Last Tuesday prices on municipals were mixed, as deals from New York City, Philadelphia and the Port of Seattle hit the market. On the day the yield on the two-year GO bond was steady, while the yield on the 10-year GO bond rose three bps and the yield on the 30-year GO bond rose four bps, according to the final read of the MMD Triple-A Scale.

Prices on U.S. Treasuries were also weaker across the curve, as all three major equity indices climbed on the day and crude prices rallied almost 5.0% in their biggest daily gain since November and are up 6.0% so far this week. On the day, the yield on the two-year maturity rose three bps, while the yields on the 10- and 30-year maturities each rose eight bps. The 10-year municipal-to-Treasury ratio fell to 82.8% on Tuesday from Monday’s level of 84.4%, while the 30-year municipal-to-Treasury ratio fell to 93.8% on Tuesday from Monday’s level of 95.1%.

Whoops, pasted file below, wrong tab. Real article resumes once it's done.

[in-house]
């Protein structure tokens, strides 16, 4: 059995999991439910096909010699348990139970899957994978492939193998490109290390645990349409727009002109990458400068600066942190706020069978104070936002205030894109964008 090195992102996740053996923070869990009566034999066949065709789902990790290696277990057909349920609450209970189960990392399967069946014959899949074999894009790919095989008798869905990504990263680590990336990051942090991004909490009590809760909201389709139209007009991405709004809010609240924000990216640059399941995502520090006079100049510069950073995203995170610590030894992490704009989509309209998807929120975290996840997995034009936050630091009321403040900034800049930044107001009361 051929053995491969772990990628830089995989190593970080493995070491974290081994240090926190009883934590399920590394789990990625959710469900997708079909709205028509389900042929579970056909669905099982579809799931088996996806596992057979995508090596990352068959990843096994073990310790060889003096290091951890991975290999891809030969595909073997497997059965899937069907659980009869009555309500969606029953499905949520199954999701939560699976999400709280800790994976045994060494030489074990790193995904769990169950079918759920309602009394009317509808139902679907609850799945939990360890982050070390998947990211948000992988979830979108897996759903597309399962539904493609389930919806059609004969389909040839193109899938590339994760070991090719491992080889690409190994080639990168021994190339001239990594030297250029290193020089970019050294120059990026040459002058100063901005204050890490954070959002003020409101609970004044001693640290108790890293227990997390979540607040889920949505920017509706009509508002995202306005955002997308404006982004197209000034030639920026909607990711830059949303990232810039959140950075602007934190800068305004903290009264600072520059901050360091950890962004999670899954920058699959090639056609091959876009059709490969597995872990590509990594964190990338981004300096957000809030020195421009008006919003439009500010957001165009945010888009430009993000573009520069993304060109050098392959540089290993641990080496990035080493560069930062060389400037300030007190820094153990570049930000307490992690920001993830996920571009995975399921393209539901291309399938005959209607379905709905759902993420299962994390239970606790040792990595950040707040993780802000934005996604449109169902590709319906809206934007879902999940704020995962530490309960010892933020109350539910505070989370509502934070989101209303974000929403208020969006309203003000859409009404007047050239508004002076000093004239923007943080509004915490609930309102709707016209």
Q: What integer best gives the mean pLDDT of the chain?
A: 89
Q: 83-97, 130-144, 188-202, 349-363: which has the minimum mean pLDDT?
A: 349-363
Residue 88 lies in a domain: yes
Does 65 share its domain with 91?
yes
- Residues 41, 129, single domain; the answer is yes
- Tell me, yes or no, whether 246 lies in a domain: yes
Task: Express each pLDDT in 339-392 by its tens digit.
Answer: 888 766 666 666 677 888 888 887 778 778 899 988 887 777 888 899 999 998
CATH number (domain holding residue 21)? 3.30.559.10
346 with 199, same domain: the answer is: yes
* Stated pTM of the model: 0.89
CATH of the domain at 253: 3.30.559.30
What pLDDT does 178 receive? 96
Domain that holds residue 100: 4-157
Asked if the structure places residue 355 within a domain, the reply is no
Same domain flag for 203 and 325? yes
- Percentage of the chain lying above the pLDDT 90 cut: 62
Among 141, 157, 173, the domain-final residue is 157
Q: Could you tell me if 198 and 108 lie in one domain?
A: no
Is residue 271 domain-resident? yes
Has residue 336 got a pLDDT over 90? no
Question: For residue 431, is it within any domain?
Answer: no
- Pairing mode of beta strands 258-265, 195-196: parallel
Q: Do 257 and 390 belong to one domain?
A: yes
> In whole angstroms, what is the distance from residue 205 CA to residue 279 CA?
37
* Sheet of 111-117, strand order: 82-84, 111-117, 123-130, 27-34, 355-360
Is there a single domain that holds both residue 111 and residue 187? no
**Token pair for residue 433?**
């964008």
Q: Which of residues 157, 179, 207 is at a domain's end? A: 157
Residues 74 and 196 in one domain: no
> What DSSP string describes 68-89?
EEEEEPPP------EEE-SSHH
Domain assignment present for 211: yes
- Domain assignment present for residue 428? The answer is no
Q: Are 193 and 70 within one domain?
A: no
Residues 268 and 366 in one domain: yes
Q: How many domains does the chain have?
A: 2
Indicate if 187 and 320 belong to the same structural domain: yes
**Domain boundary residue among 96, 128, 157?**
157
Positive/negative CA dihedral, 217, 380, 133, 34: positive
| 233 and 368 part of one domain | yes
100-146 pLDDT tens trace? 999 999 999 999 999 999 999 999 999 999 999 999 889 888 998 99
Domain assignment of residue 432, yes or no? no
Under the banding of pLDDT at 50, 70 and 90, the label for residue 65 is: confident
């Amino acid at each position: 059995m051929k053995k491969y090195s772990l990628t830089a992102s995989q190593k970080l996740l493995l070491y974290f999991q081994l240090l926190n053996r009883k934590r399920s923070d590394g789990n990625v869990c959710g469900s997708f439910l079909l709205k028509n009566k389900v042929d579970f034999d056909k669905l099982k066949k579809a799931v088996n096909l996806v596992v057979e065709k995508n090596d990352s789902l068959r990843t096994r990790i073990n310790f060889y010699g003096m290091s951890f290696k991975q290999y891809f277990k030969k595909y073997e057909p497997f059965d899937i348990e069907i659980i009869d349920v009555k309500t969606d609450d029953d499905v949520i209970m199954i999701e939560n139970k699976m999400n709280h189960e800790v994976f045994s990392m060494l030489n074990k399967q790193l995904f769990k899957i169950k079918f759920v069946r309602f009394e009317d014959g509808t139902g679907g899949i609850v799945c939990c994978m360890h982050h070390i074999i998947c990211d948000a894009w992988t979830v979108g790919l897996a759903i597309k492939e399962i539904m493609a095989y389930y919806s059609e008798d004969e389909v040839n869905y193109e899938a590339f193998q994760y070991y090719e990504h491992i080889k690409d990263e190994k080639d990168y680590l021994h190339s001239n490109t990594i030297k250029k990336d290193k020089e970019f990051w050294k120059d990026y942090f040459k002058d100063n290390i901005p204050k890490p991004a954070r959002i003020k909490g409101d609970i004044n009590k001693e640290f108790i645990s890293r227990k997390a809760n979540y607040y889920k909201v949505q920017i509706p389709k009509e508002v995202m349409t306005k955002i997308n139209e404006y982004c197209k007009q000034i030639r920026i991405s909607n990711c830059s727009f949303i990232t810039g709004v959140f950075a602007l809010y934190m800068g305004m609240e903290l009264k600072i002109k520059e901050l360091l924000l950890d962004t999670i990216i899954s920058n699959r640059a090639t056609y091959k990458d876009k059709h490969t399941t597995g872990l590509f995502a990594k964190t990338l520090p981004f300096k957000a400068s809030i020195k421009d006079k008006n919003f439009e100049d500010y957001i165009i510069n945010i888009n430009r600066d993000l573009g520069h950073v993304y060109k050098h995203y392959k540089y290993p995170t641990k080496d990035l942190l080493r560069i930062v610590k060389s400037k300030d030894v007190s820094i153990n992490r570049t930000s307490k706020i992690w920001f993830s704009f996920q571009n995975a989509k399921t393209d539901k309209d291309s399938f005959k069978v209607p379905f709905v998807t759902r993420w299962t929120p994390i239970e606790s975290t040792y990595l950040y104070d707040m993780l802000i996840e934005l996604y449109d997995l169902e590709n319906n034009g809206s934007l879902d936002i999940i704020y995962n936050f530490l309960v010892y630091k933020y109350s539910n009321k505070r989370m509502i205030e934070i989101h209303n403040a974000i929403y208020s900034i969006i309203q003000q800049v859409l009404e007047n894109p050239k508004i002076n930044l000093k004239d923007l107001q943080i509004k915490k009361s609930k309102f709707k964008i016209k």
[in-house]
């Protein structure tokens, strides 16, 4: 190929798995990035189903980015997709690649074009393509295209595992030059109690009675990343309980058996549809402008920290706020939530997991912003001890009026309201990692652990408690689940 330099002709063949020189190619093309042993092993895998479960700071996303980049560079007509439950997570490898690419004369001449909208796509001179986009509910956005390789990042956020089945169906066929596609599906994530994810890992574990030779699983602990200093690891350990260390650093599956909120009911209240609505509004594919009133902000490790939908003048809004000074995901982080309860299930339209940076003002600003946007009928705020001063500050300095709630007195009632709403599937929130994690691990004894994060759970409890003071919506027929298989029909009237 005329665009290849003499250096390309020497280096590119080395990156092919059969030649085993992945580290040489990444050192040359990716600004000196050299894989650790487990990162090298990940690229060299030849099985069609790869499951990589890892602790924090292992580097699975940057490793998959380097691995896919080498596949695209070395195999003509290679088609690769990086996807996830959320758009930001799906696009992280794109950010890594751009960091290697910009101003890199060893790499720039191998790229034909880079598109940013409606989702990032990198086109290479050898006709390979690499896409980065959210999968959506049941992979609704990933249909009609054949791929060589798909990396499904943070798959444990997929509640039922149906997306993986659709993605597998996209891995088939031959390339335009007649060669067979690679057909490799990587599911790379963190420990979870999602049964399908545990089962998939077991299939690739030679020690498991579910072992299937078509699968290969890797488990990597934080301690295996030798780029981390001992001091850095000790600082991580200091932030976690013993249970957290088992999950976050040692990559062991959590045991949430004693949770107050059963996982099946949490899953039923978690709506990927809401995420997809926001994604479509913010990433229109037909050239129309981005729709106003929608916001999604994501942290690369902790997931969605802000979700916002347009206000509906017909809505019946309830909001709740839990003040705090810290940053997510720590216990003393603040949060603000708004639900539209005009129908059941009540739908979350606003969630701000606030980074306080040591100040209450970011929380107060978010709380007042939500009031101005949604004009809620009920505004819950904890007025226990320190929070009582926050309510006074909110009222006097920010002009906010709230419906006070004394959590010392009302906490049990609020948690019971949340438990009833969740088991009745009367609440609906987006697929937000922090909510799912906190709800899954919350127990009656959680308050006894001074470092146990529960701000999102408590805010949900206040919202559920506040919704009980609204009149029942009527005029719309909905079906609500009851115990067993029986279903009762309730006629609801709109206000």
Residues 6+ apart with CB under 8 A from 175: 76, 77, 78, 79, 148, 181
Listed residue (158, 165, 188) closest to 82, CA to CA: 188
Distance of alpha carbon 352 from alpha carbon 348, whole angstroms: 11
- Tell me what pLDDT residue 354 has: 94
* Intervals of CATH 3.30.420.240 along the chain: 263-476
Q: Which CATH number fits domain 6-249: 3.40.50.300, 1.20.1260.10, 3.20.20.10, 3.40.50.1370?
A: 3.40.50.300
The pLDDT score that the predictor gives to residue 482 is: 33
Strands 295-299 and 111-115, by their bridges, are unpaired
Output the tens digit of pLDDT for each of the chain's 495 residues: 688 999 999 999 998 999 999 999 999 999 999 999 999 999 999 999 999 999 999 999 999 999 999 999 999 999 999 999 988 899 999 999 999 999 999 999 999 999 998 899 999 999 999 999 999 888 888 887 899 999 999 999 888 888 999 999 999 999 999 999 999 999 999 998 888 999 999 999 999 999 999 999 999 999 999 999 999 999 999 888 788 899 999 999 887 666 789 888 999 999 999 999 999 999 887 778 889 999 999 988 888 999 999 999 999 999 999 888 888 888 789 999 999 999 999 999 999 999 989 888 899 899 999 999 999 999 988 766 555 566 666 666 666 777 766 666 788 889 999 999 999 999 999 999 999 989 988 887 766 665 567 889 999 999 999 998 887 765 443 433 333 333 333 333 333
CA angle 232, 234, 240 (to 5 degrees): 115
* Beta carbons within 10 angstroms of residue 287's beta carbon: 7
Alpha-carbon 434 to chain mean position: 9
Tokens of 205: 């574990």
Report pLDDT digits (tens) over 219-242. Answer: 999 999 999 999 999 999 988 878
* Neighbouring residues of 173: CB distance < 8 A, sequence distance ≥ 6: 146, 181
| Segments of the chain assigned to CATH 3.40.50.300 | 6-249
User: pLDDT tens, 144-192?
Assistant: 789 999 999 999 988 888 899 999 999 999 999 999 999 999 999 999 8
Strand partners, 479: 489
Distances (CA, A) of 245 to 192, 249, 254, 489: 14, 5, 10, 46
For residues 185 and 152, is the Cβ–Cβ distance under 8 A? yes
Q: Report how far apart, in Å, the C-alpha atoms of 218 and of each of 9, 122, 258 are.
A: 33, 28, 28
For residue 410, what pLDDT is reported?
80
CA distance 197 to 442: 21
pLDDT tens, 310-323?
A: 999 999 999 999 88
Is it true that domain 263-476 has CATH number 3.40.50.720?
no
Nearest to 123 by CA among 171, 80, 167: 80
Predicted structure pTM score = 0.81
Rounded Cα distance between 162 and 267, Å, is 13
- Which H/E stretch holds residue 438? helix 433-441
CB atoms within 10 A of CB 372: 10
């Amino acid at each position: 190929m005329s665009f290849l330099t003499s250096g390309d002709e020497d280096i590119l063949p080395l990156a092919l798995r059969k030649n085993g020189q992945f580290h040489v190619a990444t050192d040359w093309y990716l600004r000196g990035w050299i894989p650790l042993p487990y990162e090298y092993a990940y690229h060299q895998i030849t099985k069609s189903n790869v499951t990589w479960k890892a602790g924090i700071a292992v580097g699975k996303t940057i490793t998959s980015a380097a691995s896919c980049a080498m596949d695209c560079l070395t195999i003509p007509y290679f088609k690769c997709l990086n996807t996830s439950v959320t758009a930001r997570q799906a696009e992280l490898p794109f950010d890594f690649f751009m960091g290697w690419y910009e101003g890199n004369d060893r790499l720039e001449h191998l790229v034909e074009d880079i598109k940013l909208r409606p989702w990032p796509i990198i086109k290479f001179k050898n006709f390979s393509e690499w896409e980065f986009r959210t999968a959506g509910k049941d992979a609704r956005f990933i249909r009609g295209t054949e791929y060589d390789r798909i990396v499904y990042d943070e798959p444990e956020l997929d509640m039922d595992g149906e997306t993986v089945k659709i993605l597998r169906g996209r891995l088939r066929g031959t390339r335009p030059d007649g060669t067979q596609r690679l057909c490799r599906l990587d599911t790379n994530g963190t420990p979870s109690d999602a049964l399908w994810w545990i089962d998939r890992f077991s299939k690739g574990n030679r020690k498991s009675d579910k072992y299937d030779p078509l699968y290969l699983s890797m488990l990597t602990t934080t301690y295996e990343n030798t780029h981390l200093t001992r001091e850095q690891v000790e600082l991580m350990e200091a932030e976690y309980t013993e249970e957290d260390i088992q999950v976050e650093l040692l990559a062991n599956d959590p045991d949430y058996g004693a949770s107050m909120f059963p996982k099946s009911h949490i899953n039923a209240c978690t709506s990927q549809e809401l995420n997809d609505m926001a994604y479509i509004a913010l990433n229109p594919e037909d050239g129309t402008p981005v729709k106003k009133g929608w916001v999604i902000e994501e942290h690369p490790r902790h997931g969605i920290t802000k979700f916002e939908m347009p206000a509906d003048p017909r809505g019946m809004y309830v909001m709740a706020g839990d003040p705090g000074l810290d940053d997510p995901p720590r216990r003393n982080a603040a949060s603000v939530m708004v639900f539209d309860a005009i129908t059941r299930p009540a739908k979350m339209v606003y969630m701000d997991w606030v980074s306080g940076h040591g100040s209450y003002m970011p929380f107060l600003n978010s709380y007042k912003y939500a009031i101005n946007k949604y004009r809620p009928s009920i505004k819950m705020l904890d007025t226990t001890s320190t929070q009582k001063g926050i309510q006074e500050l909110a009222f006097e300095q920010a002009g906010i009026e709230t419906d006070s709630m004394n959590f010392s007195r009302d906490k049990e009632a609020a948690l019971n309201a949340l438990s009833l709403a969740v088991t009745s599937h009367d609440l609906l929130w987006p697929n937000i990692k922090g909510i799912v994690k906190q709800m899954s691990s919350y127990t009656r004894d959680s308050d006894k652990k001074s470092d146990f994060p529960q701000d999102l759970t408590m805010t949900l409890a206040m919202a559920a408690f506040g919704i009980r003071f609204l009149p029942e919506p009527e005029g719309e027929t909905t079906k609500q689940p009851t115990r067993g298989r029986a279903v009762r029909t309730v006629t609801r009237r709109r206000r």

Last Wednesday prices on municipals finished the day mixed, as the Federal Reserve voted to keep interest rates unchanged and New York City swept into the marketplace with almost $1.0B in two offerings that were well received by buyers. Offerings from Virginia and Georgia issuers also hit the market. On the day, the yields on the two- and 30-year GO bonds were steady, while the yield on the 10-year GO bond rose one bp, according to the final read of the MMD Triple-A Scale.